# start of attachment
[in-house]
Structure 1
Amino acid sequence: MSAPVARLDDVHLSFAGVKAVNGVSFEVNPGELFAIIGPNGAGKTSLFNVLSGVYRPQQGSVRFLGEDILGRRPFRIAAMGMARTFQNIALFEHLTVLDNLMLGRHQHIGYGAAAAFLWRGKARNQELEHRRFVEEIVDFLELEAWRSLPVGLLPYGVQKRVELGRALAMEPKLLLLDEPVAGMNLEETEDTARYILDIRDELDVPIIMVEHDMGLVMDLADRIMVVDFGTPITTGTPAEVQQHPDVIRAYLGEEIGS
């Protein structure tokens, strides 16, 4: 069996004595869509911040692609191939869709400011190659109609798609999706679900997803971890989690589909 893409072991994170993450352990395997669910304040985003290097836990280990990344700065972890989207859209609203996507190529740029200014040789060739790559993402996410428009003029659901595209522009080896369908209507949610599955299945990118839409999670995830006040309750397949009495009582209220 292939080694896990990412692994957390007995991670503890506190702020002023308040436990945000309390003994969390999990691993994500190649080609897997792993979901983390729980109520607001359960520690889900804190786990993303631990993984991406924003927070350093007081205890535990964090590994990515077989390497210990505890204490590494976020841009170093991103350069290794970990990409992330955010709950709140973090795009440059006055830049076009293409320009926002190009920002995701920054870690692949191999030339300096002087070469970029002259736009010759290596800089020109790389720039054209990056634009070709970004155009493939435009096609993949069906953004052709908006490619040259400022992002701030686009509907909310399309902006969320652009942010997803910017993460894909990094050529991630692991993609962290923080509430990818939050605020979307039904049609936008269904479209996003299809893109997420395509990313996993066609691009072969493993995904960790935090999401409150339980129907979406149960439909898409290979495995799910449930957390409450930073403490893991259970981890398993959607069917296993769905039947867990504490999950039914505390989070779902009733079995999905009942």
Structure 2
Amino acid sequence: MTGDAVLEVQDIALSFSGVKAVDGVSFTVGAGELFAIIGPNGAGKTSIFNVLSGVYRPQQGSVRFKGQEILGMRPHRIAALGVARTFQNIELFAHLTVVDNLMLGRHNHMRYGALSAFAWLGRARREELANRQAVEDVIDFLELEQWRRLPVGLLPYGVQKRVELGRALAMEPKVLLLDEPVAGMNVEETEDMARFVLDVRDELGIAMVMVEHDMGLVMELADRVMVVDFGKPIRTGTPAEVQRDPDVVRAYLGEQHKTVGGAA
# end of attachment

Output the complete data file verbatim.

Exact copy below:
[in-house]
Structure 1
Amino acid sequence: MSAPVARLDDVHLSFAGVKAVNGVSFEVNPGELFAIIGPNGAGKTSLFNVLSGVYRPQQGSVRFLGEDILGRRPFRIAAMGMARTFQNIALFEHLTVLDNLMLGRHQHIGYGAAAAFLWRGKARNQELEHRRFVEEIVDFLELEAWRSLPVGLLPYGVQKRVELGRALAMEPKLLLLDEPVAGMNLEETEDTARYILDIRDELDVPIIMVEHDMGLVMDLADRIMVVDFGTPITTGTPAEVQQHPDVIRAYLGEEIGS
């Protein structure tokens, strides 16, 4: 069996004595869509911040692609191939869709400011190659109609798609999706679900997803971890989690589909 893409072991994170993450352990395997669910304040985003290097836990280990990344700065972890989207859209609203996507190529740029200014040789060739790559993402996410428009003029659901595209522009080896369908209507949610599955299945990118839409999670995830006040309750397949009495009582209220 292939080694896990990412692994957390007995991670503890506190702020002023308040436990945000309390003994969390999990691993994500190649080609897997792993979901983390729980109520607001359960520690889900804190786990993303631990993984991406924003927070350093007081205890535990964090590994990515077989390497210990505890204490590494976020841009170093991103350069290794970990990409992330955010709950709140973090795009440059006055830049076009293409320009926002190009920002995701920054870690692949191999030339300096002087070469970029002259736009010759290596800089020109790389720039054209990056634009070709970004155009493939435009096609993949069906953004052709908006490619040259400022992002701030686009509907909310399309902006969320652009942010997803910017993460894909990094050529991630692991993609962290923080509430990818939050605020979307039904049609936008269904479209996003299809893109997420395509990313996993066609691009072969493993995904960790935090999401409150339980129907979406149960439909898409290979495995799910449930957390409450930073403490893991259970981890398993959607069917296993769905039947867990504490999950039914505390989070779902009733079995999905009942």
Structure 2
Amino acid sequence: MTGDAVLEVQDIALSFSGVKAVDGVSFTVGAGELFAIIGPNGAGKTSIFNVLSGVYRPQQGSVRFKGQEILGMRPHRIAALGVARTFQNIELFAHLTVVDNLMLGRHNHMRYGALSAFAWLGRARREELANRQAVEDVIDFLELEQWRRLPVGLLPYGVQKRVELGRALAMEPKVLLLDEPVAGMNVEETEDMARFVLDVRDELGIAMVMVEHDMGLVMELADRVMVVDFGKPIRTGTPAEVQRDPDVVRAYLGEQHKTVGGAA